Drewe Broughton – “The Fear Coach” – is a former professional footballer who now helps athletes and executives overcome obstacles and unlock their potential. His approach involves guiding his clients to explore their true selves and confront difficult emotions like fear and shame. He believes that people can find genuine, lasting success through self-awareness and personal fulfillment. In this episode of Unlearn, Drewe joins Barry O’Reilly to share thoughtful perspectives on fear, vulnerability, and being your authentic self – even in high-pressure environments.

Seeking Truth

Drewe reflects on a pivotal moment in his life when he was in rehab, facing the truth about his struggles. He describes the moment of surrender and a sense of peace that washed over him as he acknowledged how unmanageable his life had become. “It was the first time I probably sat with that level of truth. And I remember an overwhelming sense of peace washed through me,” he shares. Barry adds, “A huge part of the entrepreneurial journey is seeking the truth. A lot of people don’t want to seek the truth. They want people to tell them their product’s beautiful… but it sucks. And just like people, …we create a facade of who we are and how perfect our life is, and yet we all know the truth: there’s a lot of tough moments lurking there.” Drewe emphasizes the importance of seeking one’s truth and the challenges of ego collapse. His own self-discovery during the 30-day rehab period, unraveled that he was lost in his career and personal life. “It was never the external pressure, it was never the fans… It was me, ” he tells Barry. [Listen from 2:00]



The Art of Unlearning

“I talk a lot about unlearning [because] there [are] some behaviors that actually can lead to massive success, but they also can limit us, too,” Barry says. Drewe shares his perspective on unlearning, drawing parallels with religious stories, such as the Buddha’s enlightenment under a tree. You need to collapse your ego and strip away external influences to discover your true self, he remarks. He highlights the often-overlooked aspect of courage in the pursuit of success, contrasting it with the prevalent emphasis on hard work. “It’s all …more grind, more hustle. But beyond that, the courage piece, the courage to stay who you are and keep doing it,” he says. [Listen from 8:10]

External Noise

Leaders often operate in high-pressure environments. They have to contend with pervasive external noise and pressure, which can significantly impact their decision-making and overall performance. Drewe and Barry discuss the intricate relationship between fear and uncertainty, emphasizing how these emotions manifest in the entrepreneurial world. Detrimental consequences can result when leaders fail to take decisive action in the face of such challenges.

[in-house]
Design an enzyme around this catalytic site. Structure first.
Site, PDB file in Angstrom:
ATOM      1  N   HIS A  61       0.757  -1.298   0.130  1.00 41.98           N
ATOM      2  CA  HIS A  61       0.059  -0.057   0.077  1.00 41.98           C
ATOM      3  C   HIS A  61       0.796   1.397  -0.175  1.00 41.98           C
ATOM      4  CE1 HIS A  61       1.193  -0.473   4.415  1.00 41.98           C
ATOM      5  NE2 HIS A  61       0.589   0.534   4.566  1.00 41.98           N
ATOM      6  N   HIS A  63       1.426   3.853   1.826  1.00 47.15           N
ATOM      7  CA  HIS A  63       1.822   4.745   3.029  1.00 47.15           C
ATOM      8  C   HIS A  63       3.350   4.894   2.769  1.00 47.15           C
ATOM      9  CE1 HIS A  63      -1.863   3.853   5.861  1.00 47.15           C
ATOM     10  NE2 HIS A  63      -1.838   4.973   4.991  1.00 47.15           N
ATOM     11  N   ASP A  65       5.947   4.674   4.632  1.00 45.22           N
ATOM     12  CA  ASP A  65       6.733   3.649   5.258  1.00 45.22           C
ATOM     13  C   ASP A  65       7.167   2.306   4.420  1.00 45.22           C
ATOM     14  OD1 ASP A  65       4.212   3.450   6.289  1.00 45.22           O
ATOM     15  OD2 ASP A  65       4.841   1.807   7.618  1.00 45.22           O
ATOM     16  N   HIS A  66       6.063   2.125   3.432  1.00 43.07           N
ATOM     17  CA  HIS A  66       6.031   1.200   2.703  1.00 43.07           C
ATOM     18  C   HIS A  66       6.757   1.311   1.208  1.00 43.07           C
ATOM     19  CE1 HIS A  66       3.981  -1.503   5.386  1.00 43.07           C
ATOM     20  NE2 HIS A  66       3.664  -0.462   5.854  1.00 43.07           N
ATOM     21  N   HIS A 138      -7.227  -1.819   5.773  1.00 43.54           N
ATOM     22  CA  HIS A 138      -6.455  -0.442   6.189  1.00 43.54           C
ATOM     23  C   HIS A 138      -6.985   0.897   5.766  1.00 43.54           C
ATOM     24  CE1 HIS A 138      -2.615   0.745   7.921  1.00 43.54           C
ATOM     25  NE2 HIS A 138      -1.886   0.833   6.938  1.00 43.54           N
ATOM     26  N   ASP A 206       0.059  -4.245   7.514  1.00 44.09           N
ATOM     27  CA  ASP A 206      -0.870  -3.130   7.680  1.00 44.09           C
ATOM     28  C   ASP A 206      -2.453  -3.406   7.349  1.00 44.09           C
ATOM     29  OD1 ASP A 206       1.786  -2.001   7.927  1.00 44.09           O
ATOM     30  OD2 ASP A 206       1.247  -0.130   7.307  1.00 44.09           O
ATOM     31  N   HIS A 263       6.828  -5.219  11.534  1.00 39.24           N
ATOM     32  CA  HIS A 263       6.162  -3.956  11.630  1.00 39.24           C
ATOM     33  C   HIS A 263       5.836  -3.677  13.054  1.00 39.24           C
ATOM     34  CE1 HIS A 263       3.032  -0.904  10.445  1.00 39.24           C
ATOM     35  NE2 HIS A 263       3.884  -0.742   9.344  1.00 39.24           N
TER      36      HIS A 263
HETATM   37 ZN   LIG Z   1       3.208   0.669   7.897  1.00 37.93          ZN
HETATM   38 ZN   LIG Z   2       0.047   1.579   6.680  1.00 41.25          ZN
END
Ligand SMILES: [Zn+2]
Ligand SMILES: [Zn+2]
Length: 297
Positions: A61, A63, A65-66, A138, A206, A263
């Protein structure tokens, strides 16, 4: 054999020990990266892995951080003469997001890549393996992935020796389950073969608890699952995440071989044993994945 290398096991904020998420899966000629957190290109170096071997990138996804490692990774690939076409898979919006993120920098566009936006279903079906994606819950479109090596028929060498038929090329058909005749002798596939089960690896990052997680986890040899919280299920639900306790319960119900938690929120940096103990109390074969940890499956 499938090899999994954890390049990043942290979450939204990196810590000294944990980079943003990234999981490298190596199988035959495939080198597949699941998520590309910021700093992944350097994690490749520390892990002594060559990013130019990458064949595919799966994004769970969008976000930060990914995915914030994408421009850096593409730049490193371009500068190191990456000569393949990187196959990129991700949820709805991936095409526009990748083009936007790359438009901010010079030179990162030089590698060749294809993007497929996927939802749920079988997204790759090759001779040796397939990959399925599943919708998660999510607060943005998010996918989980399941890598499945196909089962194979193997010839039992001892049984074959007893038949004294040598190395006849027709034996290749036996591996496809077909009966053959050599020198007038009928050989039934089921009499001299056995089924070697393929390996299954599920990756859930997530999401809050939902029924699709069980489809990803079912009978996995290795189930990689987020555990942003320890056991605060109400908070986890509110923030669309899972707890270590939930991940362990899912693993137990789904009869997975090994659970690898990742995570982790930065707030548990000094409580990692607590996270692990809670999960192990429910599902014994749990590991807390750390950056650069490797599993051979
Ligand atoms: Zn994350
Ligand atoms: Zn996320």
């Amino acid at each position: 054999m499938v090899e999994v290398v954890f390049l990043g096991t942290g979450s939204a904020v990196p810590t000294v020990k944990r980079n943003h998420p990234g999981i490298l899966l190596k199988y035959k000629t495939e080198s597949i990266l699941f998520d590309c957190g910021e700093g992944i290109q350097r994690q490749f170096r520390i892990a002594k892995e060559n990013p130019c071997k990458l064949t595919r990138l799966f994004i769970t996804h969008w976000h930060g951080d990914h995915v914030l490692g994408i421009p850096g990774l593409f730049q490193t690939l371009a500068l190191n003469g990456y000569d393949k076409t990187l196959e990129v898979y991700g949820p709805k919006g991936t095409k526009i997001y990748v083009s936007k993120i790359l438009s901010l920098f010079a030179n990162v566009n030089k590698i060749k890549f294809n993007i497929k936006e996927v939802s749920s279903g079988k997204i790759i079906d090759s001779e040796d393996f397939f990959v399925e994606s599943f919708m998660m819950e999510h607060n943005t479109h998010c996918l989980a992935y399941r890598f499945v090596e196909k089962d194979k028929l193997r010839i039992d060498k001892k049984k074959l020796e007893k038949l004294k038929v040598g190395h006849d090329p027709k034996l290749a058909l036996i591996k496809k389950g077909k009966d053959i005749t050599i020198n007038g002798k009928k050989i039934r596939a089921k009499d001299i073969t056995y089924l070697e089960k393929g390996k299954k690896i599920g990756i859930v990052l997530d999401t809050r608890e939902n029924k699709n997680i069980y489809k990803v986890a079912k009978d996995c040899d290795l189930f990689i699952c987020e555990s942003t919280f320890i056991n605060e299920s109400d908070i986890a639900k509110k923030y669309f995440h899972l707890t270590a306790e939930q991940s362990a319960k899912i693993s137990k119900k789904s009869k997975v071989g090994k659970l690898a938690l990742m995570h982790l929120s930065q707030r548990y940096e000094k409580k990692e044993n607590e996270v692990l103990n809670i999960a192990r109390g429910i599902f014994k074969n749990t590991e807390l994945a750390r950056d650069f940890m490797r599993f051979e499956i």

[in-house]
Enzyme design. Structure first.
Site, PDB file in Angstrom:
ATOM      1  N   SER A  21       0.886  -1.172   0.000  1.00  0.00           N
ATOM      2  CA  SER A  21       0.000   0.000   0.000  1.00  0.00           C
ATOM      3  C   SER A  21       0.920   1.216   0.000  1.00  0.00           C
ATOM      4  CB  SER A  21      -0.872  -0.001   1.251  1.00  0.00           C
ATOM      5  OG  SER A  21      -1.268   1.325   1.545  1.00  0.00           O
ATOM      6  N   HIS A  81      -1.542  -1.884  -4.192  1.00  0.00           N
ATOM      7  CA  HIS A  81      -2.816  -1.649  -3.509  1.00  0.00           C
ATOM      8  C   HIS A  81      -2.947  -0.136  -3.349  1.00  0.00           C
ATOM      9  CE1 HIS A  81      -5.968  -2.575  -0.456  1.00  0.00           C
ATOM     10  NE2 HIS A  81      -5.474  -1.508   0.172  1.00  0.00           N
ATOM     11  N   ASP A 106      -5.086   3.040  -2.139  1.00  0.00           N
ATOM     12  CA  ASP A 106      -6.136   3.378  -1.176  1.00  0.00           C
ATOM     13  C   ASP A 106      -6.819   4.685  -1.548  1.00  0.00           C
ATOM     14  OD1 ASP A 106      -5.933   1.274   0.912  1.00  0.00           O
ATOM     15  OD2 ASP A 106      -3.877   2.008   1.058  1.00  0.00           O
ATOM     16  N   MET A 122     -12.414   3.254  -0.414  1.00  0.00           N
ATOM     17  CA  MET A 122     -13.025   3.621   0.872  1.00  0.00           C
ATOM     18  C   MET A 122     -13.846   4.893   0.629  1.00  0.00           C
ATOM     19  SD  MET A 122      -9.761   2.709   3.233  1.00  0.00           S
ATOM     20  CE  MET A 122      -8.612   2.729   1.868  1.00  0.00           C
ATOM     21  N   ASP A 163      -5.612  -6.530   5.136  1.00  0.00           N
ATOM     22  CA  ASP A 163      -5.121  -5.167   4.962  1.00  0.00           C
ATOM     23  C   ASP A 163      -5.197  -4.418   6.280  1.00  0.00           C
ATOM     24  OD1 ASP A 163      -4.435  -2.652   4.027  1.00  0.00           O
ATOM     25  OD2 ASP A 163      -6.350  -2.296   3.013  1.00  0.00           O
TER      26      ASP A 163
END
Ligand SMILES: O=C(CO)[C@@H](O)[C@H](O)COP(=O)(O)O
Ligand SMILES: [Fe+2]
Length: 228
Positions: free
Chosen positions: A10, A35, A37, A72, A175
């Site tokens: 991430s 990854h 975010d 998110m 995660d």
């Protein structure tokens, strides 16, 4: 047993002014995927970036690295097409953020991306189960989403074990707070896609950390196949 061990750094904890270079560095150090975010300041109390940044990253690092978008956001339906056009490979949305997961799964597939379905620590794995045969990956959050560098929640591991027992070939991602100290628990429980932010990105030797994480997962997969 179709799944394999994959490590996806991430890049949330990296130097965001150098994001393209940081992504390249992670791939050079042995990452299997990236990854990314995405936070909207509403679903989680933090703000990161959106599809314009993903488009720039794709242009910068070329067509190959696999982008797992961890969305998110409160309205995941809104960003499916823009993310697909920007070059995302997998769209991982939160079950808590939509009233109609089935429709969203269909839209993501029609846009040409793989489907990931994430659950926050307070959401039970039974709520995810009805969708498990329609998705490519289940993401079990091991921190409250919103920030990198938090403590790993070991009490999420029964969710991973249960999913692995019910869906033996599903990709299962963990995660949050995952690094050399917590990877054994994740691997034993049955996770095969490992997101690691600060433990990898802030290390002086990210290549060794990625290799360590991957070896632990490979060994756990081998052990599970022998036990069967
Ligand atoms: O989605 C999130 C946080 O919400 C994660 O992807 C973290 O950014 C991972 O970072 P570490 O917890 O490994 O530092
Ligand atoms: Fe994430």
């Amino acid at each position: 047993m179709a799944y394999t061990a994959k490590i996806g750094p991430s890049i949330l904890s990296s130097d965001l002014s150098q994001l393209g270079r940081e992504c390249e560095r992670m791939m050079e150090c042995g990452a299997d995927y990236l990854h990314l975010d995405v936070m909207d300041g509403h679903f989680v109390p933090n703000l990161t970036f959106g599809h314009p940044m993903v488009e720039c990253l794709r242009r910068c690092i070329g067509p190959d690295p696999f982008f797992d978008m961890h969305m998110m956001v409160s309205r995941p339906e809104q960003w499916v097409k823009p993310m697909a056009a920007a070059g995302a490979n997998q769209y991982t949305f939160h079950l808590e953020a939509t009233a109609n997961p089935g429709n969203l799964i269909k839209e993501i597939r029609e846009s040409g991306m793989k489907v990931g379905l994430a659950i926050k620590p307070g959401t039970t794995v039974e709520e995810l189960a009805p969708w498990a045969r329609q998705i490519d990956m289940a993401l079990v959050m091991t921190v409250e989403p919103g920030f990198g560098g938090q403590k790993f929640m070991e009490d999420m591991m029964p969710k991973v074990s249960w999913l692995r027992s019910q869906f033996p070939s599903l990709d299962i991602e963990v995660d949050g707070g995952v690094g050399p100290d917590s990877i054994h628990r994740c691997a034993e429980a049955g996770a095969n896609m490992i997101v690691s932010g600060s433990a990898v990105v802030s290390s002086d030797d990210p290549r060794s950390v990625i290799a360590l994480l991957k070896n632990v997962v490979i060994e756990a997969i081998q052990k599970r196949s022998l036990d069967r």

It’s important for leaders to embrace their true selves, peeling away layers of fear, resentment, and societal expectations, Drewe comments. High performance, at its core, is synonymous with authenticity, and leadership is an ongoing journey of self-discovery and vulnerability. [Listen from 10:42]

Returning to ‘You’

In our daily lives, facing fear and anxiety is a common experience. Barry asks Drewe about his approach to helping people work through moments of fear and anxiety. Drewe highlights the need for us to unlearn everything and rediscover our authentic selves. He believes that everyone has innate qualities buried under layers of fear, resentment, and external influences. He describes working with golfers who, over time, shift from relying on natural feel to being bogged down by statistics and data. He encourages a return to the basics of self-discovery, asking simple questions about why individuals got into their pursuits and what initially ignited their passion. “It’s so easy to fall into the trap of all the data that comes at you, the KPIs that you’re responsible for, the people that are banking on you to come through so the company can make it through another payroll cycle,” Barry adds.

Overcontrol is a manifestation of fear, Drewe explains. Leaders often grapple with the need for control as a response to fear and uncertainty. This tendency, he argues, can inhibit growth and progress. [Listen 18:45]

In Search of Self

Barry acknowledges the difficulty of truth-seeking, emphasizing that blaming external factors is the easy option. He adds, “The hard part is always to look at yourself and say, ‘What did I not do in the moment? What am I missing? What do I need to change about me?’” He asks Drewe for advice on how people can start their journey of self-discovery. Drewe suggests the simple yet powerful exercise of taking a piece of paper, writing “Who am I?” in the middle, and reflecting on your authentic self. He emphasizes the need to reveal rather than add, simplifying the process of self-discovery, and suggests examining fears, selfishness, and toxic shame by making a list. [Listen from 29:00]

On Being Vulnerable

There is transformative power in vulnerability, Drewe points out. Leaders can create profound connections and understanding by dropping their guard and being honest. Sharing the truth and being vulnerable about their own struggles and experiences, can foster authentic relationships with their team. [Listen from 32:55]